After Hizbullah threats, Benjamin Netanyahu has ordered the IDF to initiate a program to protect strategic energy facilities.
Sources inform ''Globes'' that Prime Minister Benjamin Netanyahu has ordered the IDF Home Front Command to initiate an extensive program to protect strategic energy facilities. The order was given in view of threats to these facilities by Iran, Hizbullah, and other parties.
On television yesterday, Hizbullah Secretary General Hassan Nasrallah threatened to attack Israeli power stations in the event of a war.
The installations to be protected are ones considered to be weak points in Israel's fuel storage and transportation network and electricity grid. The list of sites needing protection and the priorities will be set by a special committee appointed by Netanyahu, and chaired by Ministry of Energy and Water director general Shaul Tzemach with representatives of the IDF Home Front Command and National Security Council.
Nasrallah's threats highlight the need for immediate protection of Israeli energy infrastructures. In an interview on Lebanese television, he said in the event of a war between Hizbullah and Israel, Israeli power stations were included in the "bank of targets" for attack prepared by the organization. During the 2006 Second Lebanon War, Hizbullah fired missiles toward the Hadera Power Station, which did not suspend operations. The 2,300-megawatt coal-fired power station is the workhorse of Israel's power grid.
Nasrallah's remarks are evidence of Hizbullah's growing professionalism in identifying Israel's weak points.
The major question is whether Israel has the preparedness of systems for protecting critical infrastructures against attack. These infrastructures include the electricity grid, seawater desalination plants, water pumping stations, storage facilities, and pipelines, and the fuel storage, transport, and delivery system. The subject rarely gets proper public attention, despite its strategic importance.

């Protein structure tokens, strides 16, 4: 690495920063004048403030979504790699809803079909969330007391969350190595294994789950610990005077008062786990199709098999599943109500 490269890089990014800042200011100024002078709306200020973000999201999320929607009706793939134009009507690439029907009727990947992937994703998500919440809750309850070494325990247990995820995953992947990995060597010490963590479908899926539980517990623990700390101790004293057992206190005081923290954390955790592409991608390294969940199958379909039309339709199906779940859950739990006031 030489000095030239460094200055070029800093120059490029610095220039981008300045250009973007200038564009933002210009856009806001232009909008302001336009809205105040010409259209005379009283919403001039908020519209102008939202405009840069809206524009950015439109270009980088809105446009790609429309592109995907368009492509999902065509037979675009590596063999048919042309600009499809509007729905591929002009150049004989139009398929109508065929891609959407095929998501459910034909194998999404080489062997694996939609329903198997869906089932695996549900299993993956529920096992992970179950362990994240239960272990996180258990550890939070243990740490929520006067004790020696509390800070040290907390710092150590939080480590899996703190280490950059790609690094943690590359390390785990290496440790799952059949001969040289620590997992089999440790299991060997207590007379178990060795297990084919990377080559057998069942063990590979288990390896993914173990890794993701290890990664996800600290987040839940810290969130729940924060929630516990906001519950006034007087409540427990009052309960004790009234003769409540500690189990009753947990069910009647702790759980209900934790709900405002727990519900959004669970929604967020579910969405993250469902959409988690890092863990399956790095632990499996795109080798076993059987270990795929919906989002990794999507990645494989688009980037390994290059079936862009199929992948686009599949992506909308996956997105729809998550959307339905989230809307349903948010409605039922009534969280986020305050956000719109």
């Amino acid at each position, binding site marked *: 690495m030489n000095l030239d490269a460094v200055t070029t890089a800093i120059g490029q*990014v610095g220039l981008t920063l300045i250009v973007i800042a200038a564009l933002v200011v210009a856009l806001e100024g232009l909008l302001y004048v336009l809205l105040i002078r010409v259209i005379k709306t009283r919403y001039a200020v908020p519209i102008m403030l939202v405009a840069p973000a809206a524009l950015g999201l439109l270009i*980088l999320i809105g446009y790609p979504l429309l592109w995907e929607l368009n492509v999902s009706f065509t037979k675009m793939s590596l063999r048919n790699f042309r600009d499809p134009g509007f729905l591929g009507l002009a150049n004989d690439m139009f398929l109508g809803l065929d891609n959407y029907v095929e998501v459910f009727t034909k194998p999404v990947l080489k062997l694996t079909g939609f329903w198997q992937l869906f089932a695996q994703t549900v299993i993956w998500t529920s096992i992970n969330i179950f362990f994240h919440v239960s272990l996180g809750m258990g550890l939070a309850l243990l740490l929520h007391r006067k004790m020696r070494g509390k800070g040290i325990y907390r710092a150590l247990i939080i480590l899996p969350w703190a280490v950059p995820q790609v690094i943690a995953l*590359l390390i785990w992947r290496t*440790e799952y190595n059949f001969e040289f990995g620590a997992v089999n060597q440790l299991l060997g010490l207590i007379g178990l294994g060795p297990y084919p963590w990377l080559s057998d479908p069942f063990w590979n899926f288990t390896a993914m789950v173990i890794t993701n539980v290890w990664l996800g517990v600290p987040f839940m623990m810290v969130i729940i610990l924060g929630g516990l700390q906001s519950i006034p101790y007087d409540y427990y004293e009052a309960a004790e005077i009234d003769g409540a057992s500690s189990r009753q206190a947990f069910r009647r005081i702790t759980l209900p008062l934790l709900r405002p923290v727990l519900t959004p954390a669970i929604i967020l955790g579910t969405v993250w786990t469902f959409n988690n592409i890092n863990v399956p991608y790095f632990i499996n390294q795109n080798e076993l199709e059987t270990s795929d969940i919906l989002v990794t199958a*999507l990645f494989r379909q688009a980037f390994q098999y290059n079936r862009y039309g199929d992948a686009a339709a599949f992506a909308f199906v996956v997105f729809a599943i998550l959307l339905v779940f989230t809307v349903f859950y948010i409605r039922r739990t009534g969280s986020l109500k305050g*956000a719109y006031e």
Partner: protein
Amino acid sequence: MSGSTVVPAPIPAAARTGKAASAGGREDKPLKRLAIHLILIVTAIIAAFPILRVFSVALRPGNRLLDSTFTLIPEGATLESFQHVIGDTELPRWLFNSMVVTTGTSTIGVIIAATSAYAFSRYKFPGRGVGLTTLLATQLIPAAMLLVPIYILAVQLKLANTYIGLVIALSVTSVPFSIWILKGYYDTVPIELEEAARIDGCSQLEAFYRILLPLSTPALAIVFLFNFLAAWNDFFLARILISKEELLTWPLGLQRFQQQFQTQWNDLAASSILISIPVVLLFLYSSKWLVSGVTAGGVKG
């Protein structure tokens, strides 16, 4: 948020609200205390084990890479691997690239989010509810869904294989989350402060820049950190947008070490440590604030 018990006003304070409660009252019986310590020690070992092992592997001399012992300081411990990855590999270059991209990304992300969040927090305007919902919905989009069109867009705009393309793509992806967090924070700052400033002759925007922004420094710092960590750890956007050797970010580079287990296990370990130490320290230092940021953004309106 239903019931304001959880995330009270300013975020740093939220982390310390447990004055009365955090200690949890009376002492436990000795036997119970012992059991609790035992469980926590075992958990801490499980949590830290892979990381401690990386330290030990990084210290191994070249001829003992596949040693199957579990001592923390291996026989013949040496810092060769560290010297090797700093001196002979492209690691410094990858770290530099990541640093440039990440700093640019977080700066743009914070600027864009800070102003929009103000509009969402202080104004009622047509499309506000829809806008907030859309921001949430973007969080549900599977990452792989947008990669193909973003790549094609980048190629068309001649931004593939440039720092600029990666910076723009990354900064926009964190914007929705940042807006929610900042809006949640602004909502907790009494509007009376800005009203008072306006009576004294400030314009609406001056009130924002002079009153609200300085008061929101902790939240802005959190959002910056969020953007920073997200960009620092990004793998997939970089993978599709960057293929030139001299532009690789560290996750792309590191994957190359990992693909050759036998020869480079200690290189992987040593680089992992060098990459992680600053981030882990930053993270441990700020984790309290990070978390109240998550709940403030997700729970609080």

Israel consumes 240,000 barrels of oil a day, which is imported by tankers. Coal and natural gas for the generation of electricity are also imported and delivered from offshore platforms, respectively. The working assumption is that, in time of war, Israel will be severed from its oil and coal suppliers, and gas supplies from offshore platforms could also be halted. If that happens, the country will have to subsist on its reserves stored in various sites around the country.
Scenarios also assume damage to one of Israel's two oil refineries in Haifa and Ashdod.
The Second Lebanon War was a dress rehearsal
The Second Lebanon War was a kind of dress rehearsal for the energy sector ahead of a possible general war. During the Second Lebanon War, Israel faced a shortage of jet fuel, because the government refused to provide oil tankers with insurance coverage against damage, with the result that they refused to enter Israel's waters.
The 2008 State Comptroller report on the preparedness of energy infrastructures during an emergency said that it is necessary to increase emergency fuel reserves for defense needs and to set arrangements of sea transport of fuels during an emergency. The report recommended using Israeli-flagged tankers, because since the privatization of Zim Integrated Shipping Services Ltd., Israel has no tankers which the minister of transport could order to delivery fuel during an emergency.